Community Fights to Save Hartford Shelter

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Those who rely on Hartford's Salvation Army Marshall House fought for the shelter at a city council meeting Monday night, imploring officials to find the funds that were dropped from next year's budget. (Published Tuesday, Aug 19, 2014)

Those who rely on Hartford's Salvation Army Marshall House fought for the shelter at a city council meeting Monday night, imploring officials to find the funds that were dropped from next year's budget.

Over the past few years, the city of Hartford has helped to prop up the shelter, which is not city owned or operated. But the budget approved for 2014-2015 cut the $100,000 that was initially proposed.

Shelter officials say this is news to them, so they – and many who depend on their services – came out to the city council public hearing to speak up.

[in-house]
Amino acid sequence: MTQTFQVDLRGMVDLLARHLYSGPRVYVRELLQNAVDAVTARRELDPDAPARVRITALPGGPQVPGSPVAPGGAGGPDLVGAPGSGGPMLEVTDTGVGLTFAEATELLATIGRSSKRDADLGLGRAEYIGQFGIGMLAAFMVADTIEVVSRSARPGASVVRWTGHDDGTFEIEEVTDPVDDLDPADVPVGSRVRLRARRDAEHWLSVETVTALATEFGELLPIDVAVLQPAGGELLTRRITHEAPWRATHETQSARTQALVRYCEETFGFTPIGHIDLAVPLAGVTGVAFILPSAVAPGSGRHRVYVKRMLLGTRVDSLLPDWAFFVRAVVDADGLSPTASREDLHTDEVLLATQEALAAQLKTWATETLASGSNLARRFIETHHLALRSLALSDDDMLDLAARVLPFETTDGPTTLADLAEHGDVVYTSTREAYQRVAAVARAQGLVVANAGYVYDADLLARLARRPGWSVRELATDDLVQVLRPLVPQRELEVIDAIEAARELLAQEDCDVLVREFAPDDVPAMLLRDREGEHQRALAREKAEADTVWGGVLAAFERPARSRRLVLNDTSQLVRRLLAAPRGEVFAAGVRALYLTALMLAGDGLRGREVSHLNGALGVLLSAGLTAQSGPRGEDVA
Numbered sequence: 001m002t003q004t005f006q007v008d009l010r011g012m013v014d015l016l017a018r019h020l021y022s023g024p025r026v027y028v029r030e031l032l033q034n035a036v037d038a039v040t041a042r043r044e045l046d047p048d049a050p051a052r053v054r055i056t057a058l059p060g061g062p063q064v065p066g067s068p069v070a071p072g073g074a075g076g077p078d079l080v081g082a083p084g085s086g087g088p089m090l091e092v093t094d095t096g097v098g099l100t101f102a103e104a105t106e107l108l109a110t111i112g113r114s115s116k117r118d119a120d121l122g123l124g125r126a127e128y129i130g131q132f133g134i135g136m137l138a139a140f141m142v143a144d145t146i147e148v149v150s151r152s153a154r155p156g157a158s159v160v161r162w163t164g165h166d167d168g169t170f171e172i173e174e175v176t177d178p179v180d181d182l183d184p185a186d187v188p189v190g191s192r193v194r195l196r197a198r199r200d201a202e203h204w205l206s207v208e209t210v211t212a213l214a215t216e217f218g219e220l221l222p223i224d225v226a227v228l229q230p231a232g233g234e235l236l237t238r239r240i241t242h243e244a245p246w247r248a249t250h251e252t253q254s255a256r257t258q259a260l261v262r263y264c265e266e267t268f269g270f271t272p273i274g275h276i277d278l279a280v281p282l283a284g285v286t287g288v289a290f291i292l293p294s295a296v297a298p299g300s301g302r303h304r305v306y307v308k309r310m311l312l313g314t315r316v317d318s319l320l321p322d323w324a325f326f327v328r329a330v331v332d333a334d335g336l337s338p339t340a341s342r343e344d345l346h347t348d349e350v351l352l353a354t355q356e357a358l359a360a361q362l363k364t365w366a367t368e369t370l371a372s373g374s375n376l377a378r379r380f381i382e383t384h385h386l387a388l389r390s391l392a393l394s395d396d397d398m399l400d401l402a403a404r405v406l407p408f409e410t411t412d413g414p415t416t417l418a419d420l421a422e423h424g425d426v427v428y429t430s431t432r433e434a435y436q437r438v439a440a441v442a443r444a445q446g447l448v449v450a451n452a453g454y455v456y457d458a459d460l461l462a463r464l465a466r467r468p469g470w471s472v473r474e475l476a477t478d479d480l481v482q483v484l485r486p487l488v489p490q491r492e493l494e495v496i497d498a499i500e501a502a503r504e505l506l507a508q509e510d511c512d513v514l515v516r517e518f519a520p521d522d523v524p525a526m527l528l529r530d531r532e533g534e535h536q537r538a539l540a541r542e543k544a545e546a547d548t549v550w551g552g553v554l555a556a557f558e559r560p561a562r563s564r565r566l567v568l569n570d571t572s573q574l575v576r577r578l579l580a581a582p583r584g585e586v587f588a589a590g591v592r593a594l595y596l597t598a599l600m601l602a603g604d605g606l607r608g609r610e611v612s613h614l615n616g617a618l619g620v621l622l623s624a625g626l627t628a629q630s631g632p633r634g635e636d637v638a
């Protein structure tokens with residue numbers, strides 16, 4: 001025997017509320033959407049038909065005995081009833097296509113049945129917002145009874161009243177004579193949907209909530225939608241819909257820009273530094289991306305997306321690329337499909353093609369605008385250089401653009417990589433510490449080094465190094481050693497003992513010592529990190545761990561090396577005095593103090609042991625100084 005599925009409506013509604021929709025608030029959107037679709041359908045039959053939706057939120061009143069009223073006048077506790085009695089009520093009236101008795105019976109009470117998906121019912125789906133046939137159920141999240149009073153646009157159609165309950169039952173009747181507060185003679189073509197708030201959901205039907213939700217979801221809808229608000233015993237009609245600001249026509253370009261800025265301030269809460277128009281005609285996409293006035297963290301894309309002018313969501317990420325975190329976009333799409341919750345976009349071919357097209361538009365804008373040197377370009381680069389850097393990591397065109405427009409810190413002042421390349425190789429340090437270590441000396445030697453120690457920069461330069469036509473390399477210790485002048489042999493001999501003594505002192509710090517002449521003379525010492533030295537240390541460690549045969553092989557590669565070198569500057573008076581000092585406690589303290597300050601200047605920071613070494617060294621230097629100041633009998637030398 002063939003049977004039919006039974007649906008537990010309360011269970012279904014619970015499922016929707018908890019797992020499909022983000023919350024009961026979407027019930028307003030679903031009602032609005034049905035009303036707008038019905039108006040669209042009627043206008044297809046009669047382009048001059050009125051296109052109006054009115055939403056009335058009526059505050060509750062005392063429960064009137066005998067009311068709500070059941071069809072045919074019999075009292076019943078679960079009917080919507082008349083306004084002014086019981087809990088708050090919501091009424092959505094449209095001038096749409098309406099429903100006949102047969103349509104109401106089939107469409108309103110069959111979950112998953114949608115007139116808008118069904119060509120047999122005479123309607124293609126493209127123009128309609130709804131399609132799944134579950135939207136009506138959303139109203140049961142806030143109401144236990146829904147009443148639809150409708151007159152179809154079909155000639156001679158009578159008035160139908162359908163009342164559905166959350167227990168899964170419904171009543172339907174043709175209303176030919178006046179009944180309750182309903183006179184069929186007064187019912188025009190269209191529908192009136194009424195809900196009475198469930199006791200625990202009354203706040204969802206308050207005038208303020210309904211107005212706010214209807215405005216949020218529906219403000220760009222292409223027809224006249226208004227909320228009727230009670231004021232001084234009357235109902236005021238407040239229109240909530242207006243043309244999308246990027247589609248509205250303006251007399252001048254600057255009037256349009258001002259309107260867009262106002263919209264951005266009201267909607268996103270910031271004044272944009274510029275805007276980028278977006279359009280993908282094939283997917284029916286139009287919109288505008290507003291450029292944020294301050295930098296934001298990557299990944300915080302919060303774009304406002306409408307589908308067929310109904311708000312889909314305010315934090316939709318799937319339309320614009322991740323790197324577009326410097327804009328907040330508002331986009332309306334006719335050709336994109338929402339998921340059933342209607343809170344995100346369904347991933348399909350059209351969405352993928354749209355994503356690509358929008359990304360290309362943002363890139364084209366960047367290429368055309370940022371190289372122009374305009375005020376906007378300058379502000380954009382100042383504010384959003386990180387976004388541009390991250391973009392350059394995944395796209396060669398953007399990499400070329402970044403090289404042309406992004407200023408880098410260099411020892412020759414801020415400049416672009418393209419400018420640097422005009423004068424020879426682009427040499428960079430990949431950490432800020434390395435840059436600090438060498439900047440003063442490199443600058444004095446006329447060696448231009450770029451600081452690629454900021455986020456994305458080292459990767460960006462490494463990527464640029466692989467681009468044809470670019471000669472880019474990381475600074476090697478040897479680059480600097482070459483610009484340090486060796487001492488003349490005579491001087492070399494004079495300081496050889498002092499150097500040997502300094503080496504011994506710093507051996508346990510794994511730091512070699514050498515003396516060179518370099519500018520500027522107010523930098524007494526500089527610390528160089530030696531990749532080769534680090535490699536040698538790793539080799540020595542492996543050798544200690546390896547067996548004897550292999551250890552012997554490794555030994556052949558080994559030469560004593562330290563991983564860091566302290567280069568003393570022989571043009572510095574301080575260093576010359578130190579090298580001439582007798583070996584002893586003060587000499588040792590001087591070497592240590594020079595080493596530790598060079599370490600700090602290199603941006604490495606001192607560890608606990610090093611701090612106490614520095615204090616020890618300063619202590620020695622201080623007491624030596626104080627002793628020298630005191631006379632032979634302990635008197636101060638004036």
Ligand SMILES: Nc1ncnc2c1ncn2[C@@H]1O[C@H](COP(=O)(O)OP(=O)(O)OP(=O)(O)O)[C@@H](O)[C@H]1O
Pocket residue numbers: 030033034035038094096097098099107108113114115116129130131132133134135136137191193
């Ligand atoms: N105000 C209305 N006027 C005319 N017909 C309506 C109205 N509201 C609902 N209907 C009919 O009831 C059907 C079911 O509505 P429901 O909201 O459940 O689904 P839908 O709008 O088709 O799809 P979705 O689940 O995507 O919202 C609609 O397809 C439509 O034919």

"The shelter means a lot to me, because if it wasn't for them, I would have nowhere else to go," said Tieara Latimer, who is seven months pregnant and is being turned away from other shelters as her due date draws near.

Lynn Naughton, director of operations for hte Salvation Army Marshall House, said it's the only shelter in Hartford that "deals with single men with their children."

"We keep families intact," she explained.

Without financial assistance from the city, the shelter will only be able to support about half the families who stay there, and will need to cut programs that help homeless adults get back on their feet.

"The cost is not high, but the benefit is huge," said Hartford City Councilmember Larry Deutsch, who said he, too, just learned of the issue, despite having approved next year's budget alongside his fellow councilmembers.

"It could be that we should have known and it got past us, and we have to admit that," Deutsch explained.

Hartford officials said the issue could come up again in the next fiscal year. The city council and other city lawmakers will have to work together if they plan to make a change.

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